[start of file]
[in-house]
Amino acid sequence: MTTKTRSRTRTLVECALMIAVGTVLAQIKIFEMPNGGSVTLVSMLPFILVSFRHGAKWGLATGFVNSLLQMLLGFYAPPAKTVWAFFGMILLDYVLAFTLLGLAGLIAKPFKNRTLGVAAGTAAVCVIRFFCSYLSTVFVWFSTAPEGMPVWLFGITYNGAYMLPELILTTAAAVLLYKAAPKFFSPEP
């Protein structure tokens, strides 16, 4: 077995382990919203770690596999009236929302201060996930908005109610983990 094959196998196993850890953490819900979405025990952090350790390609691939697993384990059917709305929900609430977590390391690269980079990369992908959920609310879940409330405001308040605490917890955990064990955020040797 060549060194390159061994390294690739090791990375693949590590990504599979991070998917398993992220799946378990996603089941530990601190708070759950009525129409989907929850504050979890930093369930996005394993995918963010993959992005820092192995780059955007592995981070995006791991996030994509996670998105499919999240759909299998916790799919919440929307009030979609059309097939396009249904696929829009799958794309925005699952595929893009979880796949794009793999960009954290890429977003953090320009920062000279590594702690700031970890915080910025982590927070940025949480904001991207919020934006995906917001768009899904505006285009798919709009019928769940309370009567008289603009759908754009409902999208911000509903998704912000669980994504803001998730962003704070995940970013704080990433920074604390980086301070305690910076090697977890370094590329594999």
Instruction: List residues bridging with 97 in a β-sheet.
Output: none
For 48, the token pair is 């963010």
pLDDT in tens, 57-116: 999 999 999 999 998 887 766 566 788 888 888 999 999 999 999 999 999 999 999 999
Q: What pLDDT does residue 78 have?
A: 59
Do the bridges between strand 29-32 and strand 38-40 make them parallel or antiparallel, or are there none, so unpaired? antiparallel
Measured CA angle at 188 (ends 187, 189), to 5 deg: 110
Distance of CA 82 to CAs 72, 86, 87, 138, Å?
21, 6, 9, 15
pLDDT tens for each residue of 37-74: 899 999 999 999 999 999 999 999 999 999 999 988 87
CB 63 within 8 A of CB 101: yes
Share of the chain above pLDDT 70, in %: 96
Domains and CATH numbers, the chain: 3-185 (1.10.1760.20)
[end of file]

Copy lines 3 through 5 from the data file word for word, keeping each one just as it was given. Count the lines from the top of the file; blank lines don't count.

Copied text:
């Protein structure tokens, strides 16, 4: 077995382990919203770690596999009236929302201060996930908005109610983990 094959196998196993850890953490819900979405025990952090350790390609691939697993384990059917709305929900609430977590390391690269980079990369992908959920609310879940409330405001308040605490917890955990064990955020040797 060549060194390159061994390294690739090791990375693949590590990504599979991070998917398993992220799946378990996603089941530990601190708070759950009525129409989907929850504050979890930093369930996005394993995918963010993959992005820092192995780059955007592995981070995006791991996030994509996670998105499919999240759909299998916790799919919440929307009030979609059309097939396009249904696929829009799958794309925005699952595929893009979880796949794009793999960009954290890429977003953090320009920062000279590594702690700031970890915080910025982590927070940025949480904001991207919020934006995906917001768009899904505006285009798919709009019928769940309370009567008289603009759908754009409902999208911000509903998704912000669980994504803001998730962003704070995940970013704080990433920074604390980086301070305690910076090697977890370094590329594999």
Instruction: List residues bridging with 97 in a β-sheet.
Output: none